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Organics Wastewater Treatment

Liquids (rain/melted snow) that pass through a material is called leachate. Landfill leachate contains a wide range of organic and non-organic material, while organics wastewater contains mainly biodegradable material. If not properly managed, these materials could pose risk to the natural habitat of the surrounding environment.

Landfill leachate generated at the former Sackville Landfill (Highway 101) has been treated at an onsite facility for over 30 years. Organics wastewater from the two municipal compost facilities (Burnside and Goodwood) is collected and transported out of province for treatment.

The current proposal is to treat organics wastewater from these compost facilities at the Sackville Landfill Leachate Treatment Plant, which is operating well under capacity.

A 2011 review conducted by CBCL consultants determined that the leachate treatment facility at the Highway 101 site is more than capable of processing compost facility organics wastewater. Nova Scotia Environment has indicated that following public consultation and Regional Council approval, a permit to receive organics wastewater from the two municipal compost facilities would be obtainable. This change in practice could see savings in the hundreds of thousands of dollars.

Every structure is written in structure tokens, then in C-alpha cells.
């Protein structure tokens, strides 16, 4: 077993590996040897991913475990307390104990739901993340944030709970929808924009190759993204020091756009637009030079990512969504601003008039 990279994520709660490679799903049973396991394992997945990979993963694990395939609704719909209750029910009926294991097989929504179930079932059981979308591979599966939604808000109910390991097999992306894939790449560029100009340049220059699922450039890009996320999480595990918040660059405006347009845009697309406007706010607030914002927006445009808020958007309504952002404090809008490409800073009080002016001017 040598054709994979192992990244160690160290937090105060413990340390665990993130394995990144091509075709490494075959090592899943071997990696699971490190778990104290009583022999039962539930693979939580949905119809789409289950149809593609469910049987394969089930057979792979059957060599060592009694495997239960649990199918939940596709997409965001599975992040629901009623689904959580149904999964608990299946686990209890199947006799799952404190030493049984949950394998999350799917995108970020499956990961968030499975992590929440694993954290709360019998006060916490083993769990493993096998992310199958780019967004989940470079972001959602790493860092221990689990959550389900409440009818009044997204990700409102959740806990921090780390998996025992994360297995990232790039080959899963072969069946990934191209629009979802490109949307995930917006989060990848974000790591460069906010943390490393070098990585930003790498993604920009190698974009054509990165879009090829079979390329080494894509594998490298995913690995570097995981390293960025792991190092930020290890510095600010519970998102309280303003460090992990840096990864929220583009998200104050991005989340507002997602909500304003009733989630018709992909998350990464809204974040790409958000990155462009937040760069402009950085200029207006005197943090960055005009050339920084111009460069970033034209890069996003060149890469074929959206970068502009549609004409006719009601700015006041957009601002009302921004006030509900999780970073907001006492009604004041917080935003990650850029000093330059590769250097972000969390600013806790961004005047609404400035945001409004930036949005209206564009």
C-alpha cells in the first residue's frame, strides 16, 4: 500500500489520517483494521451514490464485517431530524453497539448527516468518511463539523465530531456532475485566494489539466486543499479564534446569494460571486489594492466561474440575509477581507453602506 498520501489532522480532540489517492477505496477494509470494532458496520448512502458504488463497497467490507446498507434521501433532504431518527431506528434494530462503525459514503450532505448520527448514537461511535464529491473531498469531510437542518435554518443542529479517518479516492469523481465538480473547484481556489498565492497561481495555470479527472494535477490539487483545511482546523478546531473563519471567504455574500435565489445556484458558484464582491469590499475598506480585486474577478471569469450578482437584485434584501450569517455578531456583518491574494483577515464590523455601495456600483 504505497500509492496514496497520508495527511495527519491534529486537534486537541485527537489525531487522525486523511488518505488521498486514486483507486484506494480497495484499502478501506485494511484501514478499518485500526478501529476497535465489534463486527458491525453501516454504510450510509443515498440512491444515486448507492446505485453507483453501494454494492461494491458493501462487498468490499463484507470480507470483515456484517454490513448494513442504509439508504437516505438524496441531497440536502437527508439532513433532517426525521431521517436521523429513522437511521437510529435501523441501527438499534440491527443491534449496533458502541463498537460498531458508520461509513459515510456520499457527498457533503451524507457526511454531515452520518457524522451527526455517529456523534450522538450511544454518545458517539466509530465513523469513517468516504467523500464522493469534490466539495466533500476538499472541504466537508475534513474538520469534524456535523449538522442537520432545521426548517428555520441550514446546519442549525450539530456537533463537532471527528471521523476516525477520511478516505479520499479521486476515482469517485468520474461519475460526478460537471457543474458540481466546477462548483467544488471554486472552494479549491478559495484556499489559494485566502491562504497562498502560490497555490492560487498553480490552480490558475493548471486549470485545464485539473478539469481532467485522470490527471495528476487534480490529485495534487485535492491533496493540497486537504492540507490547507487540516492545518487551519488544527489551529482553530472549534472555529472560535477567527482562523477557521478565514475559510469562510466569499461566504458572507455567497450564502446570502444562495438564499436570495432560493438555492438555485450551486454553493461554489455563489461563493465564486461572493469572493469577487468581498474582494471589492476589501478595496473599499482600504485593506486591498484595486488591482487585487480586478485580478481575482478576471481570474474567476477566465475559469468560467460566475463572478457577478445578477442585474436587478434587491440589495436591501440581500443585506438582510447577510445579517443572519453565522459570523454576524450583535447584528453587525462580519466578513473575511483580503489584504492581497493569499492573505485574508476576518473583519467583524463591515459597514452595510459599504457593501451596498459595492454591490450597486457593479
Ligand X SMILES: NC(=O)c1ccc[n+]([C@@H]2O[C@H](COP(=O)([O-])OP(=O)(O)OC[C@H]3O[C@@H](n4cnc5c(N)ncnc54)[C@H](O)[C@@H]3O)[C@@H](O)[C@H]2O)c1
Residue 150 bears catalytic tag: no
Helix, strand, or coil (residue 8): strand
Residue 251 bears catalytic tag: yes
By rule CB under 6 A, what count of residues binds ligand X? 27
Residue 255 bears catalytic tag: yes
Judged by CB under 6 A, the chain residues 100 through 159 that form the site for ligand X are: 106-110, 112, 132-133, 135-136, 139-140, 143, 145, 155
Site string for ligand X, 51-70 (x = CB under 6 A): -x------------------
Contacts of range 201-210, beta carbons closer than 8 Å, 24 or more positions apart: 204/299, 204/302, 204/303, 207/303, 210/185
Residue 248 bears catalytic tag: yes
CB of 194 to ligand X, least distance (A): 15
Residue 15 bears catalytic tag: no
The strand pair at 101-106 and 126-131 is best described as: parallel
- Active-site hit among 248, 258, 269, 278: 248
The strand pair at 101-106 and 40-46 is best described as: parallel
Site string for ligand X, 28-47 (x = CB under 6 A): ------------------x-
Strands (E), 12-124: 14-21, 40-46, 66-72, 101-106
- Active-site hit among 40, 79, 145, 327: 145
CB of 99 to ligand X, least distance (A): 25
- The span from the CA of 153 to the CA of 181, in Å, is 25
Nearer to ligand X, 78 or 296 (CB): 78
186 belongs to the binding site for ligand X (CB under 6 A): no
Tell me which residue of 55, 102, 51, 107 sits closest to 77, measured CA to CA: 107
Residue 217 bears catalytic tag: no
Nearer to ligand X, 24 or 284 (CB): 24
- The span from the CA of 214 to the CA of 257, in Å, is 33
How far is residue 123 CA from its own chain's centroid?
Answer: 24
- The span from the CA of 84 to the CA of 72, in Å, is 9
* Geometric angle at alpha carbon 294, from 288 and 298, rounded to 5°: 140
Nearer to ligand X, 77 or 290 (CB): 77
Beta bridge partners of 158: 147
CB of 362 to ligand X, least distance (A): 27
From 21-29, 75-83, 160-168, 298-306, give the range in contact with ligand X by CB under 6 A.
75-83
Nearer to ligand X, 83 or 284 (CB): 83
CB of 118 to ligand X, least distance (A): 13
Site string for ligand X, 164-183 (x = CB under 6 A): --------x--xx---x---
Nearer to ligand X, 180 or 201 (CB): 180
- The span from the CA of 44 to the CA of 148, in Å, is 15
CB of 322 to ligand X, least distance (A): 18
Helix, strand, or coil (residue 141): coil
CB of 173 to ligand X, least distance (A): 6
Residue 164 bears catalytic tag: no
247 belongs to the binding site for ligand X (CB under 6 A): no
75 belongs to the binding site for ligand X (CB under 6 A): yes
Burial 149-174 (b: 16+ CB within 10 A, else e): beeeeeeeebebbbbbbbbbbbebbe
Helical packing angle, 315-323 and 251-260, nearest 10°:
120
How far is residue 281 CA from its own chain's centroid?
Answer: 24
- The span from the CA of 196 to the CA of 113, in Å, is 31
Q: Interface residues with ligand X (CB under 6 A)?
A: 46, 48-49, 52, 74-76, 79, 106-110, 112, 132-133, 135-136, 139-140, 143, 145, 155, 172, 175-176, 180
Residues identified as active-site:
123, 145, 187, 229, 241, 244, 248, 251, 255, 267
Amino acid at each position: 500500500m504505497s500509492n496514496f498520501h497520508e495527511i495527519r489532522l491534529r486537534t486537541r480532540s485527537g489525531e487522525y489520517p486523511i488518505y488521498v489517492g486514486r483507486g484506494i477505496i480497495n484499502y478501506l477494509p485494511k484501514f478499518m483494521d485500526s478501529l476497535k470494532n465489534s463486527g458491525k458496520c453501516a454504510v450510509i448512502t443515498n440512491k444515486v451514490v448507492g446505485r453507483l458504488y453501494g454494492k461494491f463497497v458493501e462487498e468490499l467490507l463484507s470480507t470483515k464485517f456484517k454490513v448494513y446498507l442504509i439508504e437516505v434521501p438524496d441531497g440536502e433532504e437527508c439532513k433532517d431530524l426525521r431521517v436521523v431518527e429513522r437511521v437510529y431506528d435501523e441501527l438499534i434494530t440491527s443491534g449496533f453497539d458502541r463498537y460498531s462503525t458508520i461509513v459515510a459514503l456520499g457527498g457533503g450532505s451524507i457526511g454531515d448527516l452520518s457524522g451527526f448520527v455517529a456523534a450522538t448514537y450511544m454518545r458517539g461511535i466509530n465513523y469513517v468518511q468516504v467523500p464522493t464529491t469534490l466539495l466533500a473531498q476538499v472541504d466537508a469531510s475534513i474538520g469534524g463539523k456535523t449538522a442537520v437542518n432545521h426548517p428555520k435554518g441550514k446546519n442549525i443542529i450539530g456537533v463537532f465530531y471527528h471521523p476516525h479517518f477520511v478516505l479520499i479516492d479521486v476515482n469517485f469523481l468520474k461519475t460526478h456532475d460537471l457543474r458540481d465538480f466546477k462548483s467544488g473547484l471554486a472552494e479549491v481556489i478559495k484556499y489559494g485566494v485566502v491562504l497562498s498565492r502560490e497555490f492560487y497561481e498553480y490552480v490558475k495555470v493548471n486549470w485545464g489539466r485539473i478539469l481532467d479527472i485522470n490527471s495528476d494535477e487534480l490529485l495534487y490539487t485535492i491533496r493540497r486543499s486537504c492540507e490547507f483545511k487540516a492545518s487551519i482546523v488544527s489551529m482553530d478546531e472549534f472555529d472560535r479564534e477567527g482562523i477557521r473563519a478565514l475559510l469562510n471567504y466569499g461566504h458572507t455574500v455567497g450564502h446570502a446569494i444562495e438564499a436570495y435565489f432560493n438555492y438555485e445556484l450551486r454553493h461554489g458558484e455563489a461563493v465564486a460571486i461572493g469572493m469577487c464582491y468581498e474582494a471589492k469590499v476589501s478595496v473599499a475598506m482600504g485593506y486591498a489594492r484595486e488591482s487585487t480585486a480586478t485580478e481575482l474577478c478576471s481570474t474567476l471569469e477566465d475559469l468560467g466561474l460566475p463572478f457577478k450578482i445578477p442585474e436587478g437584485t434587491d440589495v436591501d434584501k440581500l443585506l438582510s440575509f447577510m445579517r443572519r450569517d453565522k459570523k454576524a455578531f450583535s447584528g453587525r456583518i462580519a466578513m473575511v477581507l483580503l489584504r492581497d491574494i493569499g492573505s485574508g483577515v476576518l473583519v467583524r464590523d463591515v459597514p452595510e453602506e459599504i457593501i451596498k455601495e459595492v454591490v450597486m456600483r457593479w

The business case for this proposal was endorsed by Regional Council on September 10, 2013 (Item 11.2).

The Municipality will be hosting two public meetings to present this information to the community and allow for questions. Please note the following CHANGE of LOCATION & TIME for the second public meeting:

Monday, September 22 – 6:30 p.m.
Hammonds Plains Consolidated Elementary School, Cafeteria
2180 Hammonds Plains Road, Hammonds Plains

Please note that the old landfill site in Sackville is not being reopened. There is more than enough plant capacity to deal with the small amount of organics wastewater to be processed. The addition of organics wastewater will not change the outflow quality. Outflow is strictly monitored to ensure it remains within water quality guidelines set by the Canadian Council of Ministers of the Environment (CCME) and adheres to provincial requirements.

Also, making use of available capacity at a municipal facility gives Halifax more control over the treatment of organics wastewater generated from our own operations and reduces reliance on third-party operated sites.

Residents may also direct questions to

Additional Information